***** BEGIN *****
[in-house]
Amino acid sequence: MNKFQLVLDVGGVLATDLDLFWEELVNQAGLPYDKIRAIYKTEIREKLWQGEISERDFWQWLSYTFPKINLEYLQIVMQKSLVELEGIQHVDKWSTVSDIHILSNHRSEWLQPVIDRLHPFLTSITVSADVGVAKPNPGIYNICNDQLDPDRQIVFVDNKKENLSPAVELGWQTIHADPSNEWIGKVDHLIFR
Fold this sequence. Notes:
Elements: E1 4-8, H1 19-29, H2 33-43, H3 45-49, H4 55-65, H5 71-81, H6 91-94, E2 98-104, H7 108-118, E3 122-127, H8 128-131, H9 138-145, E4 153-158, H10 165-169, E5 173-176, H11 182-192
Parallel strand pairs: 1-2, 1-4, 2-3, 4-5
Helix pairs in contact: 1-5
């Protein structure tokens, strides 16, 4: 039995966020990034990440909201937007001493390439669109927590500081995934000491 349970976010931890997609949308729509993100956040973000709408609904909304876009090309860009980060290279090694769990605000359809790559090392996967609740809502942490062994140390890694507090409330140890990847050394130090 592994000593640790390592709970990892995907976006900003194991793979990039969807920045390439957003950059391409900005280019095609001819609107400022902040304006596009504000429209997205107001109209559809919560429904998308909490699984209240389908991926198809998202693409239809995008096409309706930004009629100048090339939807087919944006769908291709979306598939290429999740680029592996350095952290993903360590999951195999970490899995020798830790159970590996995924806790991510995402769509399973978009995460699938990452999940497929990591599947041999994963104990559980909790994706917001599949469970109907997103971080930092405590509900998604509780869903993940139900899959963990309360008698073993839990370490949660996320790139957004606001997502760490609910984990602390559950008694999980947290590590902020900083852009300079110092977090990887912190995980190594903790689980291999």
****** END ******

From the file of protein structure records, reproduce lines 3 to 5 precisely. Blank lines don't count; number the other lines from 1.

Fold this sequence. Notes:
Elements: E1 4-8, H1 19-29, H2 33-43, H3 45-49, H4 55-65, H5 71-81, H6 91-94, E2 98-104, H7 108-118, E3 122-127, H8 128-131, H9 138-145, E4 153-158, H10 165-169, E5 173-176, H11 182-192
Parallel strand pairs: 1-2, 1-4, 2-3, 4-5